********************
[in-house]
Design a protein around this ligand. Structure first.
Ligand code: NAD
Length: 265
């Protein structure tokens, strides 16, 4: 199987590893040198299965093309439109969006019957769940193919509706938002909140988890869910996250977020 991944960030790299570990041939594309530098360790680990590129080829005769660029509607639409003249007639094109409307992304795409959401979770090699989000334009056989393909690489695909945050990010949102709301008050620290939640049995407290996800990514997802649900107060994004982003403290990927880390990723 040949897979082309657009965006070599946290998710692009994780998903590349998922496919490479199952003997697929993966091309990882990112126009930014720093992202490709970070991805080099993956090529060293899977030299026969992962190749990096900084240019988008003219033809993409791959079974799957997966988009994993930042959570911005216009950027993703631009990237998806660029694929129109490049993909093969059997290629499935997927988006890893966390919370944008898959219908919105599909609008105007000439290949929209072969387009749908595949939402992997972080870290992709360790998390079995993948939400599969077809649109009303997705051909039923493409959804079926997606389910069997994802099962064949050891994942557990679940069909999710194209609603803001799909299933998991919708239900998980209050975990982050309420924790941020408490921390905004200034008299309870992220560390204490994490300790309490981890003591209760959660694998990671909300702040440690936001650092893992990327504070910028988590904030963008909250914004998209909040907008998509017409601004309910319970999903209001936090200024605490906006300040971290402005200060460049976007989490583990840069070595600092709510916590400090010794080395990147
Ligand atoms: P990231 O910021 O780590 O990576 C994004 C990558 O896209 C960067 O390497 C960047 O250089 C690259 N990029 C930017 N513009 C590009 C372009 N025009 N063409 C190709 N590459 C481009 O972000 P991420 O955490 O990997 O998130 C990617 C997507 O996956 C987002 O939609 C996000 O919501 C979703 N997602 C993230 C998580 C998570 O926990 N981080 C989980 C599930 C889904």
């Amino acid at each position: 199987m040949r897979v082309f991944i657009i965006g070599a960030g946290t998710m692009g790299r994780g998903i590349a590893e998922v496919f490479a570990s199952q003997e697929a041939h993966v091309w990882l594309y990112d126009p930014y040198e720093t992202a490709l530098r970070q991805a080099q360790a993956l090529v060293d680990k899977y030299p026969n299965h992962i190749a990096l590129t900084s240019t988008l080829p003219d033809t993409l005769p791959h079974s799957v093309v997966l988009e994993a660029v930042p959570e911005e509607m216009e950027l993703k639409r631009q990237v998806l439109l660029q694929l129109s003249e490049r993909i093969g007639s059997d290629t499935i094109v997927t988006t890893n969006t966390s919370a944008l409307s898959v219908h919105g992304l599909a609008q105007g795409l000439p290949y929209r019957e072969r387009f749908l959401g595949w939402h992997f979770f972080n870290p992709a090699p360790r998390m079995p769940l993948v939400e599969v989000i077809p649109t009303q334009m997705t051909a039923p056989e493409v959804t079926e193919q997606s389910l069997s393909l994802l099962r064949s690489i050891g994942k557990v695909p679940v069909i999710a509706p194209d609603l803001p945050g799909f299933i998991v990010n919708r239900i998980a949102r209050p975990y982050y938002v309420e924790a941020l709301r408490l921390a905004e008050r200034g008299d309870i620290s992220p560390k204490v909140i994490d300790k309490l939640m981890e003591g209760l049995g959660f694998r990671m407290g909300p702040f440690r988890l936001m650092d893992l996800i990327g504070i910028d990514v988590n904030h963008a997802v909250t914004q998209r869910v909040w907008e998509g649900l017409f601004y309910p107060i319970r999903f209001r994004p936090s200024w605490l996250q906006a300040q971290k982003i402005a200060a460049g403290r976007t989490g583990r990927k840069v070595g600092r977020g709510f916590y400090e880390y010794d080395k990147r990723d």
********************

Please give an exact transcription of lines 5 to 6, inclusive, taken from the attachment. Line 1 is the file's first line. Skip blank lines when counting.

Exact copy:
């Protein structure tokens, strides 16, 4: 199987590893040198299965093309439109969006019957769940193919509706938002909140988890869910996250977020 991944960030790299570990041939594309530098360790680990590129080829005769660029509607639409003249007639094109409307992304795409959401979770090699989000334009056989393909690489695909945050990010949102709301008050620290939640049995407290996800990514997802649900107060994004982003403290990927880390990723 040949897979082309657009965006070599946290998710692009994780998903590349998922496919490479199952003997697929993966091309990882990112126009930014720093992202490709970070991805080099993956090529060293899977030299026969992962190749990096900084240019988008003219033809993409791959079974799957997966988009994993930042959570911005216009950027993703631009990237998806660029694929129109490049993909093969059997290629499935997927988006890893966390919370944008898959219908919105599909609008105007000439290949929209072969387009749908595949939402992997972080870290992709360790998390079995993948939400599969077809649109009303997705051909039923493409959804079926997606389910069997994802099962064949050891994942557990679940069909999710194209609603803001799909299933998991919708239900998980209050975990982050309420924790941020408490921390905004200034008299309870992220560390204490994490300790309490981890003591209760959660694998990671909300702040440690936001650092893992990327504070910028988590904030963008909250914004998209909040907008998509017409601004309910319970999903209001936090200024605490906006300040971290402005200060460049976007989490583990840069070595600092709510916590400090010794080395990147
Ligand atoms: P990231 O910021 O780590 O990576 C994004 C990558 O896209 C960067 O390497 C960047 O250089 C690259 N990029 C930017 N513009 C590009 C372009 N025009 N063409 C190709 N590459 C481009 O972000 P991420 O955490 O990997 O998130 C990617 C997507 O996956 C987002 O939609 C996000 O919501 C979703 N997602 C993230 C998580 C998570 O926990 N981080 C989980 C599930 C889904």